July 5, 2017
Paul DiGiacomo, a managing director with Asia-focused advisory firm BDA Partners, discusses the latest trends in M&A, from increasingly sophisticated Chinese buyers to more willing multinational sellers
Q: How has the nature of BDA’s advisory business in Asia evolved over time?
A: We were set up in 1996 to advise on cross-border deals in Asia. Back then there was increasing Western appetite for Asia and a gap in the market for mid-market M&A advice. We started off in Southeast Asia, doing buy-side advisory for multinational clients, and in the early 2000s we broadened our coverage into northeast Asia. Over time the business model has done a 180 and we have shifted more to the sell-side, acting for clients – be they financial sponsors, entrepreneurs or multinationals – who are selling assets in Asia or globally but to an Asian buyer universe. In the early days, financial sponsor involvement in Asia was VC or pre-IPO investment and it usually didn’t trigger M&A transactions. That has changed significantly in the last five years. Many parts of Asia are beginning to look like the US or Europe, with private equity investors doing control deals and exiting investments through structured transactions.
Q: How prominently do Chinese buyers feature in the processes you run?
A: In most of the processes we run there are multiple Chinese parties involved. And they are becoming increasingly sophisticated. Two years ago people asked whether Chinese buyers could compete in auctions in the West. We are now seeing that they can. They are being creative and determined in understanding the obstacles that arise along the way. For example, the foreign currency issues that emerged towards the end of last year have largely been absorbed by the market. Sellers are pricing it in and understanding the issues, while buyers are coming to the table with solutions because they know they have to deliver deal certainty to the sellers in order to be considered credible. They are entering into partnerships with groups that have offshore funding, securing bank support, and starting processes earlier with SAFE [the State Administration of Foreign Exchange] so processes are de-risked.
Q: To what extent have the restrictions on cross-border capital movement disrupted transactions?
A: We had a couple of deals that were in the process of closing and they still closed – it was more like a bump in the process than a road block. Where the regulations have made an impact is in reducing the likelihood of a wild-card buyer, someone from industry X paying $500 million for a US business in industry Y. However, we haven’t seen a slowdown in strategic acquisitions, companies buying assets in their core industries with a view to bolstering their business or bringing in technology that is relevant to China. Looking at our pipeline, there is huge interest in healthcare and on the consumer side we see a lot of activity relating to food safety issues.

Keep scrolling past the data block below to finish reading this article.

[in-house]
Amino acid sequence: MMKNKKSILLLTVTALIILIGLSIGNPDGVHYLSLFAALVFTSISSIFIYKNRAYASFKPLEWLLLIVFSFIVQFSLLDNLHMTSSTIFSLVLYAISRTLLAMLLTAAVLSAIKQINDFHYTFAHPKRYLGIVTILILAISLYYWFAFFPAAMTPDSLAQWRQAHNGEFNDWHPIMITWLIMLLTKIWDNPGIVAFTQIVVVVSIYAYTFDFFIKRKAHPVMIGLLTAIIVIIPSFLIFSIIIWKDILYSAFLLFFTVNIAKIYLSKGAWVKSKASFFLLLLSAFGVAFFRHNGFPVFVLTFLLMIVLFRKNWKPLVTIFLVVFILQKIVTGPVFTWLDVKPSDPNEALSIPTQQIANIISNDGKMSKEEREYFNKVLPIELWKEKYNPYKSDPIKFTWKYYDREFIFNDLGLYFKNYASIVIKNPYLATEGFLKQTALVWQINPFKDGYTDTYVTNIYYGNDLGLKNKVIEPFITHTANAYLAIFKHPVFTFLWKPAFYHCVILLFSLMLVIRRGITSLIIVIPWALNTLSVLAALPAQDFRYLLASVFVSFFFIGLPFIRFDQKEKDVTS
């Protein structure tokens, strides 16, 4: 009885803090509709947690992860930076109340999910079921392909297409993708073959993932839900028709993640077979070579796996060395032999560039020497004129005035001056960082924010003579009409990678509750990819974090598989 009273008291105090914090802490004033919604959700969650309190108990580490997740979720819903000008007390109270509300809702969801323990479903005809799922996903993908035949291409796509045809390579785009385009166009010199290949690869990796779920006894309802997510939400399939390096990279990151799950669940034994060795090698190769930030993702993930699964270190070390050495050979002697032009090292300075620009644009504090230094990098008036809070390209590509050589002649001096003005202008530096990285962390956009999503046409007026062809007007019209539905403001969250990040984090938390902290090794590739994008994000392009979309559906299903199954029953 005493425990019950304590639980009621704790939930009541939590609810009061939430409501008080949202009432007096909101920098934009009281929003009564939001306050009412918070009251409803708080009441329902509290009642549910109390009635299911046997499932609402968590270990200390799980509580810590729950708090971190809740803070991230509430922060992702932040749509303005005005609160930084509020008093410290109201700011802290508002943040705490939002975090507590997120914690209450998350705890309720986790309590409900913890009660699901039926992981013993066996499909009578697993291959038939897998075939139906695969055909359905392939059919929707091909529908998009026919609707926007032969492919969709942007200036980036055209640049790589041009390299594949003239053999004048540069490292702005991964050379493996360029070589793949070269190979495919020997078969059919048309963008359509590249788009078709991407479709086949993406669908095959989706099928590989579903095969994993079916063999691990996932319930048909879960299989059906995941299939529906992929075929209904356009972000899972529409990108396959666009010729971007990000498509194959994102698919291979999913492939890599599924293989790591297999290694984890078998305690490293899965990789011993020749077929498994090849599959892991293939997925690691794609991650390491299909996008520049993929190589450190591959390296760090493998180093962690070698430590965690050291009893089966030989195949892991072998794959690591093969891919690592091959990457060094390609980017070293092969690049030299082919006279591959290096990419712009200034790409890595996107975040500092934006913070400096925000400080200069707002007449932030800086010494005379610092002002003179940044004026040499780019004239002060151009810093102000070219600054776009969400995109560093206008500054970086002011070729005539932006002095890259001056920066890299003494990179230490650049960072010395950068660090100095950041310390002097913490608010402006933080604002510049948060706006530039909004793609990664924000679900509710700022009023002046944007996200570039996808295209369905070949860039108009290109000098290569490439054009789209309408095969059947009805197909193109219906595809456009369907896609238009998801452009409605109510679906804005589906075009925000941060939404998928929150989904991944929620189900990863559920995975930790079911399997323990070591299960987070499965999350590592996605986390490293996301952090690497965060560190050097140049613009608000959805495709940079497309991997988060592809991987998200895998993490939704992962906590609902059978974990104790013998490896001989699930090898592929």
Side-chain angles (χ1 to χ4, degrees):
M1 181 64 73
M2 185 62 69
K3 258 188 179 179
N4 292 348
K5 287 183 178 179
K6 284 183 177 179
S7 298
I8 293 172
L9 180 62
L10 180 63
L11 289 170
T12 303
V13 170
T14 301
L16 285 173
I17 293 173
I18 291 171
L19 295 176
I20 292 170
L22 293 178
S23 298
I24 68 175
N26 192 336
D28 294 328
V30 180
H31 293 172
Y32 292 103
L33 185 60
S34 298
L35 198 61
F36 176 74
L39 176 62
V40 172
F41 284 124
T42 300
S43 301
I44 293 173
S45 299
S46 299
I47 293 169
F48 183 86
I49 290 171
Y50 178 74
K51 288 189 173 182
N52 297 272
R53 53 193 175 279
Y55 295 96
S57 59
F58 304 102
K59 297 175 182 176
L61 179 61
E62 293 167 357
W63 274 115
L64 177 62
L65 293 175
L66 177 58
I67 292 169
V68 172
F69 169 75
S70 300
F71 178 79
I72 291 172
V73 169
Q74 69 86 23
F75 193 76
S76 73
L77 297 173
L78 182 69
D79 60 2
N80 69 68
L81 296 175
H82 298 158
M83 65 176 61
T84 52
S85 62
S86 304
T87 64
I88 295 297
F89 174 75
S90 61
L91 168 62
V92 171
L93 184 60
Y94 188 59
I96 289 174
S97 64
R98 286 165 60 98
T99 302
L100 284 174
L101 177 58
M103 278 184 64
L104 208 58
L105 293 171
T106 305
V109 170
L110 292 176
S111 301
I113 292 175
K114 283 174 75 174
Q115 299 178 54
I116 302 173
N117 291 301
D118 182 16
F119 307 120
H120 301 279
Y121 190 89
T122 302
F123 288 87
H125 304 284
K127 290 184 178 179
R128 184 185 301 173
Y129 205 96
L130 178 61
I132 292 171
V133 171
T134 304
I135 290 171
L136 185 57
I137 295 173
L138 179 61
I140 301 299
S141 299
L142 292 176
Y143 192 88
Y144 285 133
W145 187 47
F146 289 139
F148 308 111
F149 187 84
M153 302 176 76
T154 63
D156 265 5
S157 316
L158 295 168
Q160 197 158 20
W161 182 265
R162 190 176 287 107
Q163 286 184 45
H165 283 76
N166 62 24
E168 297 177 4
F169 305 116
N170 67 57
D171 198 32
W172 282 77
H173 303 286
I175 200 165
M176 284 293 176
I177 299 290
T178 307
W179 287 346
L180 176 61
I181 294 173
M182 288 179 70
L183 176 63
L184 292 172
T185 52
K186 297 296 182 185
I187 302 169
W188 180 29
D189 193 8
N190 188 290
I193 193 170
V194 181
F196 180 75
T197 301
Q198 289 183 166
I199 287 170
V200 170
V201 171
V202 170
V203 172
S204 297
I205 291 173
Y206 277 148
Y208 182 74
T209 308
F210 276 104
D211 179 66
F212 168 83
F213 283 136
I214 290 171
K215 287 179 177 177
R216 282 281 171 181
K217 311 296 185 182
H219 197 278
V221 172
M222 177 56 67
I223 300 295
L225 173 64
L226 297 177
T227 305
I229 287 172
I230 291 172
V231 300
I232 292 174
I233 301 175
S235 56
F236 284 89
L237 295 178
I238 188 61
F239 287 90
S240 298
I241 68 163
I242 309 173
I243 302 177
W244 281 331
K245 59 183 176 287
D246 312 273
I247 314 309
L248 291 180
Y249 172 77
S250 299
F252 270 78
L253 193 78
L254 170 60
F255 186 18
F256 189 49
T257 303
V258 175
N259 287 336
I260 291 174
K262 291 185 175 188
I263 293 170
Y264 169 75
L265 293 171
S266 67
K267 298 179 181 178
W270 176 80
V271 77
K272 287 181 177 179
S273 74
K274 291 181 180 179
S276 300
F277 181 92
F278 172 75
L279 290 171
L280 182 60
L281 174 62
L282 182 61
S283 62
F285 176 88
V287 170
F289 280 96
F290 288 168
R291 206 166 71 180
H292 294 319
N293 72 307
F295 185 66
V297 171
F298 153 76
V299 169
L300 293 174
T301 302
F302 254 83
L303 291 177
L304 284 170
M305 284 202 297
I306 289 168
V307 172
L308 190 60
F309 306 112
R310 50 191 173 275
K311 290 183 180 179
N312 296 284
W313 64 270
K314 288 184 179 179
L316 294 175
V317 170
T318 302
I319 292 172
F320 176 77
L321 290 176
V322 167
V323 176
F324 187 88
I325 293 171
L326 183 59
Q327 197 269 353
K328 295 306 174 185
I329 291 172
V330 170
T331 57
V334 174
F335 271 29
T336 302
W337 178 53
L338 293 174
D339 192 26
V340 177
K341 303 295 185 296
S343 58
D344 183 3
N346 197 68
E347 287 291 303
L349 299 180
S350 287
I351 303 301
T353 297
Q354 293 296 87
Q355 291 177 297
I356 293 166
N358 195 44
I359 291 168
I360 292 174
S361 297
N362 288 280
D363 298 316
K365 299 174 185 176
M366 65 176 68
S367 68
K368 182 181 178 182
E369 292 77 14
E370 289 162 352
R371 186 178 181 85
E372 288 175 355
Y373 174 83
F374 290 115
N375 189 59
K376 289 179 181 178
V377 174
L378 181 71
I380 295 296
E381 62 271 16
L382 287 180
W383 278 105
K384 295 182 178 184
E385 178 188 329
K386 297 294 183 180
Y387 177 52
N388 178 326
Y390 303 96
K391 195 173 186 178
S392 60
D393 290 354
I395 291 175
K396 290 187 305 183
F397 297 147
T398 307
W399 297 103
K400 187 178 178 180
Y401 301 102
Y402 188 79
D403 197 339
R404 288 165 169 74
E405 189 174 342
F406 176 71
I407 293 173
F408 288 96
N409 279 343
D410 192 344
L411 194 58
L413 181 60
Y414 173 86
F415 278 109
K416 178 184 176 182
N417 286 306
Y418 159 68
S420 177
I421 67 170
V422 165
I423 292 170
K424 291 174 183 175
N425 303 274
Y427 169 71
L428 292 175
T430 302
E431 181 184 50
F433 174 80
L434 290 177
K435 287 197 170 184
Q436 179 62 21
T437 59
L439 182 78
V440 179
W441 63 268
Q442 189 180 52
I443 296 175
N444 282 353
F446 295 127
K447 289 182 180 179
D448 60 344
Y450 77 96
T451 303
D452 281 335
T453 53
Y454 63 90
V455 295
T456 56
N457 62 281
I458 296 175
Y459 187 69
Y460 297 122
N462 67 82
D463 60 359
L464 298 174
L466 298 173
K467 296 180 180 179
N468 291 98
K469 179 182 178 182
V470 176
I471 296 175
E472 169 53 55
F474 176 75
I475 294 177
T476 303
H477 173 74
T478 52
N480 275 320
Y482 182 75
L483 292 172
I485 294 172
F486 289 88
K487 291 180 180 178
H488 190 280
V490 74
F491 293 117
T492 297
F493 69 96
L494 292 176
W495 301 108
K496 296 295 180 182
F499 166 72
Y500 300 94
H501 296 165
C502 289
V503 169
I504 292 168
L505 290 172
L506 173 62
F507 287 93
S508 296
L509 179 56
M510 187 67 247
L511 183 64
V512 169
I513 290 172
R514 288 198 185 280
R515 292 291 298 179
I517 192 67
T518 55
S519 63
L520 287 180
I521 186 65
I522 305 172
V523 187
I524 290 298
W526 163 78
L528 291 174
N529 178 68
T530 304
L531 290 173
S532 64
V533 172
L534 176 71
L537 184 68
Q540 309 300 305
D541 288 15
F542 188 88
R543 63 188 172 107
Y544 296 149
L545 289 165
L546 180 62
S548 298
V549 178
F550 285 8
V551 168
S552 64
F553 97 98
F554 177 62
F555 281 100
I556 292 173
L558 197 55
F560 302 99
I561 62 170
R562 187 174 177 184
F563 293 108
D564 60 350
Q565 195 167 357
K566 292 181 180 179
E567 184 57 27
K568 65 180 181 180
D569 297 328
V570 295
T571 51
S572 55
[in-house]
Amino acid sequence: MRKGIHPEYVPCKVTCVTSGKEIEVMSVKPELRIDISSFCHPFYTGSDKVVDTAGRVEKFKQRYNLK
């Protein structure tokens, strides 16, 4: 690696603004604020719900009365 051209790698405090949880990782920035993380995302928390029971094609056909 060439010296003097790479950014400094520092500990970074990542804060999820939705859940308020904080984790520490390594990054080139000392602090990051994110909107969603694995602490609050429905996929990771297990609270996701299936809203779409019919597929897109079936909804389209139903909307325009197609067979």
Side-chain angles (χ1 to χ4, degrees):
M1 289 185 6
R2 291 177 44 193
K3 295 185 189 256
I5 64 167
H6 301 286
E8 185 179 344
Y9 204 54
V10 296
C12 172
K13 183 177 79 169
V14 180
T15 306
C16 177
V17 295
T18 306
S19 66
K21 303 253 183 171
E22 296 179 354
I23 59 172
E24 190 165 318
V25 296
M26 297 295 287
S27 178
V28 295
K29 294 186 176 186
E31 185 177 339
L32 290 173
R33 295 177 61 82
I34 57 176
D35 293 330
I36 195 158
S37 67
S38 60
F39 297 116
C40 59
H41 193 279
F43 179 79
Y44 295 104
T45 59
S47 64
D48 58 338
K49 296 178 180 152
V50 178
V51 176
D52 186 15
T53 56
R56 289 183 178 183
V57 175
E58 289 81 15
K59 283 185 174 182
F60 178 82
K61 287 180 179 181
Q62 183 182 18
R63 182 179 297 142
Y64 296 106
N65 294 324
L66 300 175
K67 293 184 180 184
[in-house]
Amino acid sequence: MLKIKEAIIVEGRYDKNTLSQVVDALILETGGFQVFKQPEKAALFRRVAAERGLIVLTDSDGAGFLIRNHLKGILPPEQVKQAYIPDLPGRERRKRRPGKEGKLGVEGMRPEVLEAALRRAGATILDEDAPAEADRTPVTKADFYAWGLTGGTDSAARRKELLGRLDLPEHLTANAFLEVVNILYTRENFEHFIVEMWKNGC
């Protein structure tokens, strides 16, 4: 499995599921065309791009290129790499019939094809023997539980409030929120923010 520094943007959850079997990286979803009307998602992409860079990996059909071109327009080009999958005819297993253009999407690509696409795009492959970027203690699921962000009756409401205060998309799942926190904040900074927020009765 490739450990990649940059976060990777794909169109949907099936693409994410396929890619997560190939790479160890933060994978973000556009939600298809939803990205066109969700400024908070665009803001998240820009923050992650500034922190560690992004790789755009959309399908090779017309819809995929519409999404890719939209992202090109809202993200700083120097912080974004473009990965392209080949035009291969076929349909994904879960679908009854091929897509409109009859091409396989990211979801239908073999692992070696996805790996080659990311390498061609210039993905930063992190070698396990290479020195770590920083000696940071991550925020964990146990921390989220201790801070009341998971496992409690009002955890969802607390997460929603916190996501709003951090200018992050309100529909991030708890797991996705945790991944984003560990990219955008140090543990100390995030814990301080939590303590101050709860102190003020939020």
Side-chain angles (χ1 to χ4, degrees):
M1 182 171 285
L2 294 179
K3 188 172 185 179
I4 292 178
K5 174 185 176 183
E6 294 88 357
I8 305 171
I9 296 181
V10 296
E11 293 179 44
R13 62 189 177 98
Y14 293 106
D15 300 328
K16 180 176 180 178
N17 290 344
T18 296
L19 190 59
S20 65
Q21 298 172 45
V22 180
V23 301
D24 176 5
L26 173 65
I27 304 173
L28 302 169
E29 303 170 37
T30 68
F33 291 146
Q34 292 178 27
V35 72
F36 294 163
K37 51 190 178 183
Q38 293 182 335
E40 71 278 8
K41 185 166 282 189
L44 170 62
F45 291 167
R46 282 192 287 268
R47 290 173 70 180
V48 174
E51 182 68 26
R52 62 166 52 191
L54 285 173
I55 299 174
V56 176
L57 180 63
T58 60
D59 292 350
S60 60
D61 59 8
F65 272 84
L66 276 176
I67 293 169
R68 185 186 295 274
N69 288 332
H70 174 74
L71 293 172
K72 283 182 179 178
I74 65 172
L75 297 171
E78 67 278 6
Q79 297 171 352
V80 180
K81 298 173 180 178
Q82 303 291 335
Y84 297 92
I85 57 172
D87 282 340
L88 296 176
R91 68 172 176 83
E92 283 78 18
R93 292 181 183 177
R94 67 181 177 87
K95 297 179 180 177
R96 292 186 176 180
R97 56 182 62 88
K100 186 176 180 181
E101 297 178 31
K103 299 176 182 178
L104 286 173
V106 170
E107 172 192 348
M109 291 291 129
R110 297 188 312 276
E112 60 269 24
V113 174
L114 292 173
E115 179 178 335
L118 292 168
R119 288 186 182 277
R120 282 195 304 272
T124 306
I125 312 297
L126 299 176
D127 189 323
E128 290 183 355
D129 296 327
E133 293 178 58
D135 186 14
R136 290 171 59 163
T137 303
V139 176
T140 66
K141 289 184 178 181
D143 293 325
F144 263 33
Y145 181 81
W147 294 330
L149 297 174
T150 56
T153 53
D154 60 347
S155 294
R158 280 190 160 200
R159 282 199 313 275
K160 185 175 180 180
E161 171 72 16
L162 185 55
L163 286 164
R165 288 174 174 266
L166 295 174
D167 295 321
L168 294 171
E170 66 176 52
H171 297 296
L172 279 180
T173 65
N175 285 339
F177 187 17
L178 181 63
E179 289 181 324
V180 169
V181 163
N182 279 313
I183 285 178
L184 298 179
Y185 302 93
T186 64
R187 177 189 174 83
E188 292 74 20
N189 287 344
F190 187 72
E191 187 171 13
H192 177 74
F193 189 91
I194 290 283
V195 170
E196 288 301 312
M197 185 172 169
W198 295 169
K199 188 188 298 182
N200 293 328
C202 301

Q: How progressive are Chinese buyers on post-deal integration planning when they bid for an asset?
A: They are often quite far down the track in terms of how they can drive post-merger integration. At the same time, we do see buyer activity that is predicated on maintaining the status quo, at least for a year or two. In certain cases – for example, services businesses overseas – a Chinese buyer might be attracted to an asset because of what can be learned from it and applied to service delivery in China. The existing management stays on and is incentivized to continue delivering, and there isn’t necessarily a concrete plan in place on day one for full integration.
Q: Are you seeing more private equity to private equity transactions?
A: The prevalence of private equity buyers in these processes is certainly increasing. There is more capital to put to work and a certain level of comfort in buying a business that already has a private equity shareholder. There is also a greater appreciation that private equity firms of different sizes are right for a company at different points in its development. Another trend – which also explains they there is more private equity activity – is the rise of multinational sellers. Twenty years after we were working for multinationals coming into Asia, we are starting to see these groups rationalizing their portfolios in the region, much as they do in the US and Europe. We are increasingly advising on the divestment of Asian subsidiaries. They might have built a China business of scale but not significant profitability, and while they don’t want to exit China completely, they are happy to own a smaller piece of this business and sell the rest to a Chinese partner that can drive value.
Q: Which other groups are becoming more active buyers?
A: There is a lot more intra-regional M&A. For a long time Japan was a significant investor in much of the rest of Asia but it was mostly greenfield. We now see more acquisitions of existing businesses by Japanese investors, particularly in Southeast Asia. The same can be said of Korea, especially at it relates to Vietnam and Indonesia. The Korean M&A market has always been highly competitive with large domestic conglomerates fighting it out to the end for assets. That trend has been transplanted to Vietnam. It is a really interesting dynamic if you are selling a business in Southeast Asia. You will have a baseline bid from regional private equity and then all kinds of strategic players from Korea and Japan might get involved.